I adore the show Outlander and I have just spent more money than is possibly wise going down to Williamsburg and enjoying communing with like-minded Outlander fans…
Folks might think that the entire endeavor is silly, but the power of the pull for your fandom (whatever that might be) can be very strong and hard to resist. Despite living less than 60 miles away from Williamsburg, I wasn’t sure I was up for joining in when I first heard about the Gathering. This, even though it was a wonderful event that benefited a great cause.
There would be no profits for the presenters, any profits from the fees and raffles and such were meant to boost Outlander star Sam Heughan’s favorite charity, Youth Theatre Arts Scotland. I’m really glad I changed my mind about going. I had a good time.
The fact that the organizers would not profit from the fees and ticket sales to the benefit of such a good cause did a lot to help sway my change of heart. In school I took acting, dancing, art, writing and film classes, eventually ending up as a film major, so I know from personal experience that an arts education can be a valuable one, but so many times governments cut funding. Even back when I was in high school, arts education programs got cut because some politician thought that teaching kids to dance or sing or act or paint isn’t worthwhile. How wrong can those men are!
Personally, I have (only rarely) made a living in artistic pursuits,but just because I haven’t made a living in film or theatre doesn’t mean the education I had wasn’t worth having. To contribute in a collaborative endeavor, either in school or in the few paid jobs I’ve had, was fulfilling in a way that my non-artistic classes or jobs have ever rarely been.
As much as I love my current job, I know it is not common to truly feel part of something special in more mundane fields. Even in college, when we were putting on nothing more than ‘the school play’ or shooting a film for class that no one other than my professor would ever see, I felt that the part I took in that, no matter how minimal, was still important.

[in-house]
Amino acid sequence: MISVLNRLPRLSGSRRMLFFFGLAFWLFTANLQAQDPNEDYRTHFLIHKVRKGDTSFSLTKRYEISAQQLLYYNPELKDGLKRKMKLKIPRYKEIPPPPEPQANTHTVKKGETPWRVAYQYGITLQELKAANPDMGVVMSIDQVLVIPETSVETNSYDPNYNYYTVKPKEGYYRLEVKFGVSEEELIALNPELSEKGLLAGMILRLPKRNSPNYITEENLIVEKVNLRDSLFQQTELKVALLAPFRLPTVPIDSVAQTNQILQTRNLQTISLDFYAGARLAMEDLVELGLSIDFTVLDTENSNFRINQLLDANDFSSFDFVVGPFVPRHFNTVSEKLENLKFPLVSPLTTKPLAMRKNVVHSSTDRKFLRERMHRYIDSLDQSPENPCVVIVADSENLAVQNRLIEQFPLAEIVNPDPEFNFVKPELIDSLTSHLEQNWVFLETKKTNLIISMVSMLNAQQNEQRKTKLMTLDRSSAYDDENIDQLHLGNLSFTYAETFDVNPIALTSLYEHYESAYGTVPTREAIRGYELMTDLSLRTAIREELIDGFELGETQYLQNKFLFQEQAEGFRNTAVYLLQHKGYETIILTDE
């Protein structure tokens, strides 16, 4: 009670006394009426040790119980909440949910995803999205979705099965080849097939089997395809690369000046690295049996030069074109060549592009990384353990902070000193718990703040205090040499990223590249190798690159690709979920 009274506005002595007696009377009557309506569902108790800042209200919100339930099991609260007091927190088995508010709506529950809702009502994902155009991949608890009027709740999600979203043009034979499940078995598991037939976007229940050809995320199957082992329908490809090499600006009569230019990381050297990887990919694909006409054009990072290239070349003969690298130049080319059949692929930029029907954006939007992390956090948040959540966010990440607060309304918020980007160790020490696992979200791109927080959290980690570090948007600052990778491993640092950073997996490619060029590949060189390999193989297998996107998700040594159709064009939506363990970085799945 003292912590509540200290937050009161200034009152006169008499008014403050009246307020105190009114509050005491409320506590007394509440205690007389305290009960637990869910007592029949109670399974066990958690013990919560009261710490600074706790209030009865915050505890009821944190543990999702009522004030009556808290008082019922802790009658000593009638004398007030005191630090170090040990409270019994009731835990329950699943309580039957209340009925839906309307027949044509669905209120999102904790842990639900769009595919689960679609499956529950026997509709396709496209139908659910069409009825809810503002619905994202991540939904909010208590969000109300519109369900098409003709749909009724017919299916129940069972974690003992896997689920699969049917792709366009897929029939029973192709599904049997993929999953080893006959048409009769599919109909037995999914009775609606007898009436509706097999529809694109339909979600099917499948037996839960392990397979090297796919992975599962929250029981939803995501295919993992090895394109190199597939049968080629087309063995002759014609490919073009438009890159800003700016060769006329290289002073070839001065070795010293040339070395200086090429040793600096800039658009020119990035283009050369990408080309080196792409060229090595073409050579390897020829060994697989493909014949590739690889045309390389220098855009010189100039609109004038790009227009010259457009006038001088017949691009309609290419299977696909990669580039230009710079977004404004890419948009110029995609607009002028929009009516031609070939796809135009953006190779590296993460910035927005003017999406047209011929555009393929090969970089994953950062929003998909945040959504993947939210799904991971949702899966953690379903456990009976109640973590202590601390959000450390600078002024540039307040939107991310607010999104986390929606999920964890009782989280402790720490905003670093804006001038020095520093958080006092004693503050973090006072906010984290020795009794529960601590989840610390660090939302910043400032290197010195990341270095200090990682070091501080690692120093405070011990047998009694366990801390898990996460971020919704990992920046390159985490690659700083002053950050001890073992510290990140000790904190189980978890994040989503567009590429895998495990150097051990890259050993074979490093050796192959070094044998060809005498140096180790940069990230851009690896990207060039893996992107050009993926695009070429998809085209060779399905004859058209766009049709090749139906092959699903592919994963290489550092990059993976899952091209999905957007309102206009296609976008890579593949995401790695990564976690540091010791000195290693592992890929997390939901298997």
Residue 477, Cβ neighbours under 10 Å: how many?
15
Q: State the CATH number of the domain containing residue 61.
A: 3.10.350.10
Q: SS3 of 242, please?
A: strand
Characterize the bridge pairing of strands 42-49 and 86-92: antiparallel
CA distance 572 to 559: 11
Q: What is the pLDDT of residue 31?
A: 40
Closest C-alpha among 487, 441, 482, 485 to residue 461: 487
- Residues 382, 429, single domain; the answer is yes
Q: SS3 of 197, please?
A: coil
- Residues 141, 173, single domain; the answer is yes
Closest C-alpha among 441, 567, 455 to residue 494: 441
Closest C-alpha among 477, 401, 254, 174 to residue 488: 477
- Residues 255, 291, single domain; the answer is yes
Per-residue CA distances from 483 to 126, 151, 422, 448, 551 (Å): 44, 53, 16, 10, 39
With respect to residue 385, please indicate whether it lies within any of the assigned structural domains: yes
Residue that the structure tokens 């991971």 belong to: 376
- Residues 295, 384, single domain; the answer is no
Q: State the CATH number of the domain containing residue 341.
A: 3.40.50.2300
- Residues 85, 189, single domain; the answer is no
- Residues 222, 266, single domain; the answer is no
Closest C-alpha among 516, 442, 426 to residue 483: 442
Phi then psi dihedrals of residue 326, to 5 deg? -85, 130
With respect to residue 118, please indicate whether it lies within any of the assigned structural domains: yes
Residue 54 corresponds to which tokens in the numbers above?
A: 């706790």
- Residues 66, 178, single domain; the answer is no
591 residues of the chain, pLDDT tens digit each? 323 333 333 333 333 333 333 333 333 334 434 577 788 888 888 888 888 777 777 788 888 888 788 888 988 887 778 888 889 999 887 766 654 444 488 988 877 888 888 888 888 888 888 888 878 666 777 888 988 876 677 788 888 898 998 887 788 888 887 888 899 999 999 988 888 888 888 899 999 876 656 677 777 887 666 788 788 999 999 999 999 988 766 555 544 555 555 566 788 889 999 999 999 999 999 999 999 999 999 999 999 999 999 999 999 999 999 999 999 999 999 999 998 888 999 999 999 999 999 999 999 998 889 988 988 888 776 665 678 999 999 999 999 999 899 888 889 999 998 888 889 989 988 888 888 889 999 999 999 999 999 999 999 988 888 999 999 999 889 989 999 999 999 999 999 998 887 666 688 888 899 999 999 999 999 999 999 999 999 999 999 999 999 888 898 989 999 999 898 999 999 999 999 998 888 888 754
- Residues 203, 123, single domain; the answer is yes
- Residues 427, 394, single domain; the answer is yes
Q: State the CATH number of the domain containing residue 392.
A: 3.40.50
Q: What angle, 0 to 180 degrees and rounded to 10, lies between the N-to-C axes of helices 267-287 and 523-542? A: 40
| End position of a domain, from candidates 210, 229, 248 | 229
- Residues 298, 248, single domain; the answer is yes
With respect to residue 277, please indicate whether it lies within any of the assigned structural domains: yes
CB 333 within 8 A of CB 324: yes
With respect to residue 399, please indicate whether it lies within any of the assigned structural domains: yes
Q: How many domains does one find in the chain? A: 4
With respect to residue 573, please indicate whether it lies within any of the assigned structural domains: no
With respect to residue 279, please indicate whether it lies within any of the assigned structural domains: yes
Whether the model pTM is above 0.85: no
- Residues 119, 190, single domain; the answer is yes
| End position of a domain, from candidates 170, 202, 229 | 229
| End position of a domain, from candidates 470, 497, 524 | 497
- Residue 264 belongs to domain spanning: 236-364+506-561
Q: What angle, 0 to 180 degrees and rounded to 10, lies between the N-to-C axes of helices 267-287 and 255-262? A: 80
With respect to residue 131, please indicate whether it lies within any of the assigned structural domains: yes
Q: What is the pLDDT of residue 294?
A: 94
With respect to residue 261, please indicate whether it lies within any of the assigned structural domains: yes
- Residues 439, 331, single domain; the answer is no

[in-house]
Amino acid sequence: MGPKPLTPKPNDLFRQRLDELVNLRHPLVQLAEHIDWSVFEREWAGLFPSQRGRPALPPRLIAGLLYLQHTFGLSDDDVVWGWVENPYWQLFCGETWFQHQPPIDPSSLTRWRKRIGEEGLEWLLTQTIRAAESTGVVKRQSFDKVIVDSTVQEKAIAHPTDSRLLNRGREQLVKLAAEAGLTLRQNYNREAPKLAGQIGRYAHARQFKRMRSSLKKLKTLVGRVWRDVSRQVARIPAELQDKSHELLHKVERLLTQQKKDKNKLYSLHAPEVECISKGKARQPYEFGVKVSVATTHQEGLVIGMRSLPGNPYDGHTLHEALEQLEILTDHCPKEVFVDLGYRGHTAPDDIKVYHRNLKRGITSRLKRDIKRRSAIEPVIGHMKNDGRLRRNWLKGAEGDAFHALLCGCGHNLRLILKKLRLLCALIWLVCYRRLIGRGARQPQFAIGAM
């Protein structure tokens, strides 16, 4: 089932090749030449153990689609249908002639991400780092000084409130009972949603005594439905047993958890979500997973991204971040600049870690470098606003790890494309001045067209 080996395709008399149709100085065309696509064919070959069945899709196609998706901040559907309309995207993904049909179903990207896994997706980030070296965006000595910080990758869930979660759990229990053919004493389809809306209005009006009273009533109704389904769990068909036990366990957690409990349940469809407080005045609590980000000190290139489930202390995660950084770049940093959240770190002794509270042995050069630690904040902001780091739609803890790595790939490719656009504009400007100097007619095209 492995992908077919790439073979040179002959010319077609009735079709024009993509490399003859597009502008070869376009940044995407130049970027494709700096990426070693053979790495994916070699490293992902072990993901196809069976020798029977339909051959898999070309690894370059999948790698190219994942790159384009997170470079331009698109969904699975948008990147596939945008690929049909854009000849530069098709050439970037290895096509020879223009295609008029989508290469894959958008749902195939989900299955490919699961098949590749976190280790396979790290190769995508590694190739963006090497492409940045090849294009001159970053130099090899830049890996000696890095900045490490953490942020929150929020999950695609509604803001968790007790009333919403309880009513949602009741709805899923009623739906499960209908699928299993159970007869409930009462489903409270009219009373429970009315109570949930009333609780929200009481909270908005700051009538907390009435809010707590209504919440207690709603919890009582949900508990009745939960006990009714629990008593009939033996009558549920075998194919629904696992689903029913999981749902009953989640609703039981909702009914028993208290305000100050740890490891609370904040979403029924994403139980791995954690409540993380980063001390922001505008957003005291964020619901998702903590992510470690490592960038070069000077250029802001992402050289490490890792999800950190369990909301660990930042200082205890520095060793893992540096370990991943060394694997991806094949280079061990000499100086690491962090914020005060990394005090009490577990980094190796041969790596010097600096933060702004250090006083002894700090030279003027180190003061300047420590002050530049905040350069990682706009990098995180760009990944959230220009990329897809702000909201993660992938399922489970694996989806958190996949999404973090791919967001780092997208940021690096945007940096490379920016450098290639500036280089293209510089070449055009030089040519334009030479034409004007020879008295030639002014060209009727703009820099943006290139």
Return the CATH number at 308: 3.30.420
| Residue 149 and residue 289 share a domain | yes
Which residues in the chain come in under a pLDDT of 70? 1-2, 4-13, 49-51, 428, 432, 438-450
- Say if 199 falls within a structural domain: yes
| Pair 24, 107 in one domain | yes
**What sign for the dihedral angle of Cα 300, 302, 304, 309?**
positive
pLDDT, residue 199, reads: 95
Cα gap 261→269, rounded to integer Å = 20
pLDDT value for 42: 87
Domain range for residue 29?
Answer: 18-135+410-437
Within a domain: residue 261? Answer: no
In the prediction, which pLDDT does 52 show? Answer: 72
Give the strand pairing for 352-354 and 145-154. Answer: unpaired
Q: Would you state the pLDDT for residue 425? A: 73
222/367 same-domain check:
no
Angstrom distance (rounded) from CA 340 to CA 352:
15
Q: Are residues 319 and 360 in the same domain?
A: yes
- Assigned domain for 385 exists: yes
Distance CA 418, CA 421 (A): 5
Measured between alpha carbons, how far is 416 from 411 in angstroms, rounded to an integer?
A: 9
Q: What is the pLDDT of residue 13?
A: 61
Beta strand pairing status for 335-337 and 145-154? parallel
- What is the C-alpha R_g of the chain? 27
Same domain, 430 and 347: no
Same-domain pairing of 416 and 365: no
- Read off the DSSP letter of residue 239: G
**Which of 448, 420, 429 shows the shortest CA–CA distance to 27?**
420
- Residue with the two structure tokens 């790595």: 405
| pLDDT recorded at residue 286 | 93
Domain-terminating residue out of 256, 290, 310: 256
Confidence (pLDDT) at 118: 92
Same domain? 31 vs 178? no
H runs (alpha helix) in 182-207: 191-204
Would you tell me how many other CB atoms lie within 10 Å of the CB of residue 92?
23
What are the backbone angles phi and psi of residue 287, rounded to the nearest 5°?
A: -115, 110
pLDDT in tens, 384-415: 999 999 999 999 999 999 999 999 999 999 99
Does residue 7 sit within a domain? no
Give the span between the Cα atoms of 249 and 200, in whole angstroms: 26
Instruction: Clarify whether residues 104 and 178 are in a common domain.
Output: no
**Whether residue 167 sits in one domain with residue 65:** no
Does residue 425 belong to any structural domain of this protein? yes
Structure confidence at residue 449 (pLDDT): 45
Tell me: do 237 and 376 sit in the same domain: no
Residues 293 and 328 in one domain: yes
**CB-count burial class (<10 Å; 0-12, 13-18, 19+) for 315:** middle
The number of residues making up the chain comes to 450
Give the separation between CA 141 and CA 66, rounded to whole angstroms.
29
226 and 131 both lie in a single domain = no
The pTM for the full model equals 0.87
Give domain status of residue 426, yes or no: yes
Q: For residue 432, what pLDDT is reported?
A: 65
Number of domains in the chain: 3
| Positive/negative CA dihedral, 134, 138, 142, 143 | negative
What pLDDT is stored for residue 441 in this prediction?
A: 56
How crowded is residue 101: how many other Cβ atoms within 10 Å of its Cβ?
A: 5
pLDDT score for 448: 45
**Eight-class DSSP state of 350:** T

Taking arts classes, whether it’s acting or dance or painting, can be just plain fun, which is why kids want to take those in the first place. More importantly than that, however, is that it can be an important validation of a kid’s talents. Even if they’re not math- or science-related, getting affirmation like that can give a kid’s self esteem a boost that will pay dividends for a lifetime.
After a couple of decades working in non-artistic fields, I still find worth in what I learned about drawing, painting, film, acting and dancing. Frankly, it’s probably one of the reasons I love the Outlander series as much as I do. The books are wonderful, Diana has created a fantastic world filled with romance and adventure and hot guys in kilts, but the show is a nearly perfect adaptation of her work. Knowing what I do about film, acting, design, and writing has helped me appreciate the show on a much deeper, more fundamental level. I cannot imagine I would have felt this same way about the show had I spent my schooling years studying accounting.
No, my education didn’t have any direct benefit to me financially in the long term. At least, I never took up acting and I can’t remember the last time I stitched a costume or drew a picture, but writing is something I do all the time. While I haven’t written a novel or an award-winning movie, my arts education has helped me write better and far more effectively, even if the the usual recipients probably aren’t all that worried about whether my writing has any artistic merit. I work in a sort of a ‘complaint department’ for an Internet Service Provider and my writing either explains a process in internal documentation or could be a formal letter written in response to an official agency, like the FCC or the BBB. It’s stiff stuff, bland and boring, but it is writing and I wouldn’t have been able to do it as well as I can if I hadn’t had the benefit of my arts education.
I really feel strongly that kids who wish to study the arts should be assisted as much as is possible because they will find value in it their entire lives, even if that benefit comes in a way that is different from how they originally imagined it.
As for Sam Heughan, I really admire him. Not just for the near perfection of his outing as Jamie Fraser, the only real lack in him for the part is that he isn’t noticeably taller than Graham MacTavish (Jamie is taller than Dougal in the books), but mostly for his giving back, for pitching in to help out Youth Theatre Arts Scotland. He doesn’t have to support Theatre Arts education, he’s likely a busy man with the show and the odd movie he’s in. It is admirable that he’s working to support Youth Theatre Arts Scotland. Yeah, it’s a bit theatre-geeky, but it’s a truly nice thing he does.
He thanked us at the Williamsburg Gathering for helping out:
I must also say thanks to Sam for being the truly nice guy that he is, it is mostly because of his dedication to this organization that anyone thought to help in the first place.
The weekend was tons of fun. I’m sure everyone who went to the Gathering there would agree: it’s been a great pleasure helping the kids out, so thanks from Sam aren’t really needed for pitching in, but are still appreciated. It seems like a very worthwhile organization so I was only too glad to help.
Thanks to the lasses from Outlander Odysseys who helped organize things at Colonial Williamsburg and get such a great event going there. I hope I will be able to participate in future events.